Grants Now Available for 2014 Summer Learning

National nonprofit tells preK-12 teachers “It’s Your Turn to Learn” — Invites teachers to design unique fellowships that pursue new knowledge and hone skills to advance student achievement. Individuals eligible for grants up to $5,000; teams $10,000.

Houston, TX – October 1, 2013 Teachers committed to expanding their knowledge and increasing student engagement are invited to apply for 2014 Fund for Teachers grants beginning today. These grants allow preK-12 teachers to design and pursue summer learning experiences that meet specific learning gaps – theirs and/or their students’. As a result, teachers (or Fellows) return to classrooms with insights, energy and abilities that directly advance student achievement.

Continue reading the release, here.

Thanking Teachers By Awarding $2 Million in Grants for Summer Fellowships

National nonprofit Fund for Teachers believes the key to improving teacher effectiveness lies in asking what teachers need to improve, then funding their individual growth strategies. For Teacher Appreciation Week, Fund for Teachers distributes $2 million in grants to 500+ teachers to narrow achievement gaps and enhance learning in 350 classrooms across the country.

Across the country this week, gift cards, cookies, bouquets and lattés remind teachers that they matter. National nonprofit Fund for Teachers joins the Teacher Appreciation Week celebration by distributing checks totaling $2 million to more than 500 preK-12 teachers for their self-designed summer fellowships.

2013 Houston Fellows

A complete list of grant winners, along with their fellowship descriptions, is available at fundforteachers.org.

Fund for Teachers’ approach to improving teacher effectiveness involves recognizing and rewarding educators’ innovative ideas for improvement. Instead of applying a top-down, unilateral approach to professional development, Fund for Teachers asks individual teachers what they need to succeed. Teachers annually propose solutions for narrowing achievement gaps – theirs or their students’ – by pursuing new behavioral strategies, instructional techniques, curriculum enhancements or scholarly advancement. Fund for Teachers then supports teachers’ growth plans by funding summer odysseys to locations ranging from hometowns to distant continents.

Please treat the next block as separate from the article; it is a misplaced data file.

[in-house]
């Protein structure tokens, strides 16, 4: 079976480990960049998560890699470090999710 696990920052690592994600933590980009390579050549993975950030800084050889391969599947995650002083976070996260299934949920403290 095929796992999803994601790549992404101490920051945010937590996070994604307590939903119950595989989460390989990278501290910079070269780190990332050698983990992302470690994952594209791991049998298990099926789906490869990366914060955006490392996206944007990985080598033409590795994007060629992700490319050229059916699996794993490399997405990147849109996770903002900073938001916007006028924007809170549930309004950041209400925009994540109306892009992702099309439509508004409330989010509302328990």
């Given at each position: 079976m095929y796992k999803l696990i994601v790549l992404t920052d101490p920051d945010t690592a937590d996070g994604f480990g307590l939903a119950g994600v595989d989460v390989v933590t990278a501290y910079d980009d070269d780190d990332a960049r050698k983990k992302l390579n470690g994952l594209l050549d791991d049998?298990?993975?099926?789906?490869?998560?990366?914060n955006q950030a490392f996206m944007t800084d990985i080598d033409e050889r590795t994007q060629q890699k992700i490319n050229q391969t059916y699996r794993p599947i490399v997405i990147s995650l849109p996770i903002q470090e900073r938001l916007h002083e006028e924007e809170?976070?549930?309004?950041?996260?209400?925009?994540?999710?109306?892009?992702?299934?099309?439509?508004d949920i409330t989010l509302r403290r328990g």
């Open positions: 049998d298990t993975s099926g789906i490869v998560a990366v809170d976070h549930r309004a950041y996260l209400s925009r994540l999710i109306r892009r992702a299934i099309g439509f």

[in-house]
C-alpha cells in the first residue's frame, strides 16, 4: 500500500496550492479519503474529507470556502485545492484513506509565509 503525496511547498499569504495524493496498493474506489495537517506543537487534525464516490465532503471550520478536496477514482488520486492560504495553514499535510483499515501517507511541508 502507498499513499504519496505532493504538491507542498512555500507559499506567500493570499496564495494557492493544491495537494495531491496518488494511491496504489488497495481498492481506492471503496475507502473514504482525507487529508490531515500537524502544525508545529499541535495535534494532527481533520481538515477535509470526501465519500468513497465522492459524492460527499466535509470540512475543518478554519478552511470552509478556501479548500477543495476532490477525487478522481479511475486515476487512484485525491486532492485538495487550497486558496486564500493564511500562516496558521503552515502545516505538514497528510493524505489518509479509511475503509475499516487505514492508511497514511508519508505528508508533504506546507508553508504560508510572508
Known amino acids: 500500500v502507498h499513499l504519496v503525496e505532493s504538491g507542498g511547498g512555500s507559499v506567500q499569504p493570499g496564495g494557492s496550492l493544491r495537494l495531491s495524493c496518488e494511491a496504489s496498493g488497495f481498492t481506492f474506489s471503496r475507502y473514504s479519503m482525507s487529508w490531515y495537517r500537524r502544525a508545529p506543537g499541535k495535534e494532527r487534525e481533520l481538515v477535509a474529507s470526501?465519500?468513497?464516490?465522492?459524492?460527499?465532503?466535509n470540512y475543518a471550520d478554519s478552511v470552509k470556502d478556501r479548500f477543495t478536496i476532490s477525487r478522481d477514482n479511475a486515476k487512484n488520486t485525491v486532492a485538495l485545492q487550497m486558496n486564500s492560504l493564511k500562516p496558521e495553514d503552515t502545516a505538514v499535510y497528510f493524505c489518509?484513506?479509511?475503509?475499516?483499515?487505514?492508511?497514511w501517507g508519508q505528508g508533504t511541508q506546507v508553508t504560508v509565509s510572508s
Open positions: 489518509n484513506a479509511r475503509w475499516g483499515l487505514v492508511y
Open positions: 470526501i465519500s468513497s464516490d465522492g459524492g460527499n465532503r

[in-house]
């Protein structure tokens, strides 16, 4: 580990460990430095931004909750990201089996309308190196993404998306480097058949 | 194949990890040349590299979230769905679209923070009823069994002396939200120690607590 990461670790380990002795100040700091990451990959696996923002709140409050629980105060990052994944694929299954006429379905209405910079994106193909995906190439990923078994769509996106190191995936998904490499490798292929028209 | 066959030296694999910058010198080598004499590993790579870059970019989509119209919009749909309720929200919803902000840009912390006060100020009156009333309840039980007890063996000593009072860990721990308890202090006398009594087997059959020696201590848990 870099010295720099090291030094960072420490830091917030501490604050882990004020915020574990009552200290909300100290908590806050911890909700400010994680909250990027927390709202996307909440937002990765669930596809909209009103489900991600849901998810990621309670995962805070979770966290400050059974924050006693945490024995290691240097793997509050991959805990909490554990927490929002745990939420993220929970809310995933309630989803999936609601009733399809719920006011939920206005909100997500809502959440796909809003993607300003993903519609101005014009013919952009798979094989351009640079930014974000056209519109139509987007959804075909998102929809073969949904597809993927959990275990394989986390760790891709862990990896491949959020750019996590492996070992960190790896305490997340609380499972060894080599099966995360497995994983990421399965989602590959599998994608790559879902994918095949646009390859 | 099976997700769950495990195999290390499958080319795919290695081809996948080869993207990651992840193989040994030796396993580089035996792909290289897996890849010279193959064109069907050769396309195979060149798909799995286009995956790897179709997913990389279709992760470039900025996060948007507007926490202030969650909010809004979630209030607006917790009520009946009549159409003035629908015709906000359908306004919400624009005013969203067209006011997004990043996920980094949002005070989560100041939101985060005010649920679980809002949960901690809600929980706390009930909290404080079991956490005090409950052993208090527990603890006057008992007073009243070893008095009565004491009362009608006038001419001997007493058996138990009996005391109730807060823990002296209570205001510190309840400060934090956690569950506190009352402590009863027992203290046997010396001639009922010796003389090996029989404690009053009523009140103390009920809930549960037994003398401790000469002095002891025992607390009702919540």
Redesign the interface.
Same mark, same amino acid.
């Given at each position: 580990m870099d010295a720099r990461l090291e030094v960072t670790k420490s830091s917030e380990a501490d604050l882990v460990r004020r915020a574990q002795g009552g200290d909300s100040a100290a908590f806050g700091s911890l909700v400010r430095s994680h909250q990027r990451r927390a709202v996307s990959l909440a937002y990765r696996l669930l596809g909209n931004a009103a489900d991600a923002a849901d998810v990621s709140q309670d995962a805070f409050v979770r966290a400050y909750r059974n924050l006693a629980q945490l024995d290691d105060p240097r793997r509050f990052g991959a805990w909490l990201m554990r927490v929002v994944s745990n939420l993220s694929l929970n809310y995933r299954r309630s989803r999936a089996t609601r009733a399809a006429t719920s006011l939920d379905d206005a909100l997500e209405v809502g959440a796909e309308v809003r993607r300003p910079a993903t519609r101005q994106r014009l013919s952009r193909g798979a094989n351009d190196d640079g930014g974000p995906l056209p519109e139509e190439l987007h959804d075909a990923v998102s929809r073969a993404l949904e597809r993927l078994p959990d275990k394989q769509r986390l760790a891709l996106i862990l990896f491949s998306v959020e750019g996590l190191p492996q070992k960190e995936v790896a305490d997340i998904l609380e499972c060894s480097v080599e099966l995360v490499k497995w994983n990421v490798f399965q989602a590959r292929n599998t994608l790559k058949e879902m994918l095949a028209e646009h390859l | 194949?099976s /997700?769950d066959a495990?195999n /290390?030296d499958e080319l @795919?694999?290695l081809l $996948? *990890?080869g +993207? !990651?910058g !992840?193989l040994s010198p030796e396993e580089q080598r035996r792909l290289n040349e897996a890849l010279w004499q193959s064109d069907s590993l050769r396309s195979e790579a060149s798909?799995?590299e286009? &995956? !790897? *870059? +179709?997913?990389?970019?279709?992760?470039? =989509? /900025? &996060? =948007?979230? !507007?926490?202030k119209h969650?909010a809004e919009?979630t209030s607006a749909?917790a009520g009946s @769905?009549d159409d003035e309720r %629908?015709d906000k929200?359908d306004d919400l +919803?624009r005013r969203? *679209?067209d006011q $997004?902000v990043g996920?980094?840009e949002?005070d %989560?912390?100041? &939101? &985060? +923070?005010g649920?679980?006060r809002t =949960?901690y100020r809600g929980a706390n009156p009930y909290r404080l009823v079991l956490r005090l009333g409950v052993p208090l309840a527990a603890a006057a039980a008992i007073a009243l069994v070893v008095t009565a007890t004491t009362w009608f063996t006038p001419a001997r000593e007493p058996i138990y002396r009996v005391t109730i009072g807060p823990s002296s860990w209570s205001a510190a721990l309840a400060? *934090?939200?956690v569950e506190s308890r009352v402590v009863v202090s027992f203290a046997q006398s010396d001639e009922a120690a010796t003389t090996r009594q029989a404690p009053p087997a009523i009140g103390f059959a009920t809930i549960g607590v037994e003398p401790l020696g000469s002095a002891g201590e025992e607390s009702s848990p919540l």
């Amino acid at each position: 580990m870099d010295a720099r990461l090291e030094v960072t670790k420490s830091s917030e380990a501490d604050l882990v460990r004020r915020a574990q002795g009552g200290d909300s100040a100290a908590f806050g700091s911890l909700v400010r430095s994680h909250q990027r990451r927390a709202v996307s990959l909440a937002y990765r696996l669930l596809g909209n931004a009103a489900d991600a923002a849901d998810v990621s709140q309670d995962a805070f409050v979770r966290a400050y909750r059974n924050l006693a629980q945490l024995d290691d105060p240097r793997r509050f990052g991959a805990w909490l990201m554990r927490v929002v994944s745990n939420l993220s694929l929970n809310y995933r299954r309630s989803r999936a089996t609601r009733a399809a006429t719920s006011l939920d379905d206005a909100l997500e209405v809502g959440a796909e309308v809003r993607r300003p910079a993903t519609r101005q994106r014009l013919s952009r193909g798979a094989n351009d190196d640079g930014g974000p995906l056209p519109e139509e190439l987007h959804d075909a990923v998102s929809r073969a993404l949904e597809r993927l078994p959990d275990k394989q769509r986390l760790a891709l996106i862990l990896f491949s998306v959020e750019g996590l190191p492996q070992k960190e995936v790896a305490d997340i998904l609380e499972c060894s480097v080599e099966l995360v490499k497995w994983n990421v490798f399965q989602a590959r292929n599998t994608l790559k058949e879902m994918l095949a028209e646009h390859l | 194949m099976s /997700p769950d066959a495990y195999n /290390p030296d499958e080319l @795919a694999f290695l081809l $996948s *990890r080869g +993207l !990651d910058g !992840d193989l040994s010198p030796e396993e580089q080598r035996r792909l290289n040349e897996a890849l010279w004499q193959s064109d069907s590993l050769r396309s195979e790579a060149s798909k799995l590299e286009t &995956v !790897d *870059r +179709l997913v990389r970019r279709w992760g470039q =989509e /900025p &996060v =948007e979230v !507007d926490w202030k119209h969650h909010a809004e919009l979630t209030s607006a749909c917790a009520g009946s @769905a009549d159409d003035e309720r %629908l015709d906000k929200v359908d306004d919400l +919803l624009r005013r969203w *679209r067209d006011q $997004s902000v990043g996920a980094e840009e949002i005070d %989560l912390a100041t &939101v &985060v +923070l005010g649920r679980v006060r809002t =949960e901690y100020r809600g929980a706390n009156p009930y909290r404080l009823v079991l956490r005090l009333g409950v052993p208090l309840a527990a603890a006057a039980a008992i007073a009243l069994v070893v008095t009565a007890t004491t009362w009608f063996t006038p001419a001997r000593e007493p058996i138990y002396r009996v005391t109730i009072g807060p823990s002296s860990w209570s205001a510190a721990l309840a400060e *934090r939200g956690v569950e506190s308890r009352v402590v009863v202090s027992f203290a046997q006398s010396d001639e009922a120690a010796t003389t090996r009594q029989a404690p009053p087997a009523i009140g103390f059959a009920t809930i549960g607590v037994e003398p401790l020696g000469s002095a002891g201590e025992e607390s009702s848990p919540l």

Since 2001, Fund for Teachers has awarded $20 million in grants to more than 5,000 preK-12 teachers.

“Effective teachers model for their students a growth mindset of inquiry, engagement, and achievement,” said Karen Webb, Fund for Teachers’ executive director. “Fund for Teachers grants represent exemplary educators’ efforts to analyze growth areas, develop strategies for improvement and pursue deeper learning to leverage greater student success.”

When school lets out for the summer, Fund for Teachers grant recipients become the students – conducting field research, volunteering with community organizations, mastering new skills, strengthening command of a subject. Each self-designed fellowship increases teachers’ competency, confidence, and commitment to teaching. Most importantly, these odysseys culminate in broadened perspectives that directly transfer to students, classrooms and school communities.

The online application for 2014 grants is available beginning October 1, 2013. For more information, visit fundforteachers.org.

About Fund for Teachers
Fund for Teachers enriches the personal and professional growth of teachers by recognizing and supporting them as they identify and pursue opportunities around the world that impact their practice, students and school communities.

Teachers in the following locations are currently eligible for Fund for Teachers grants: Alabama, Boston, Chattanooga, Cincinnati, Los Angeles, Louisiana, Minneapolis, Mississippi, Nebraska, New York City, Oakland, Oklahoma, San Francisco, Texas, Washington DC, Wisconsin and Wyoming.

Fund for Teachers Awards $2 Million in Grants to 531 Teachers

National nonprofit arms 500+ teachers with opportunities to pursue new knowledge in 280 countries on 7 continents this summer. Literacy workshops in New York City, scientific excursions in the Arctic Circle, volunteer teaching in a Rio de Janeiro favela, language immersion classes in Guatemala and social justice workshops in South Africa among awarded proposals. Meet our 2013 Fellows.

2013 Grant Application Open

Fund for Teachers Grants Encourage Teachers to Pursue Learning Around the World and Inspire Students Back Home

Fund for Teachers’ 2013 grant cycle opened October 1, offering teachers the opportunity to design and experience their idea of professional development. Individuals receive up to $5,000, teaching teams $10,000, to hone skills and seek new knowledge that directly impacts student learning and personal/professional growth.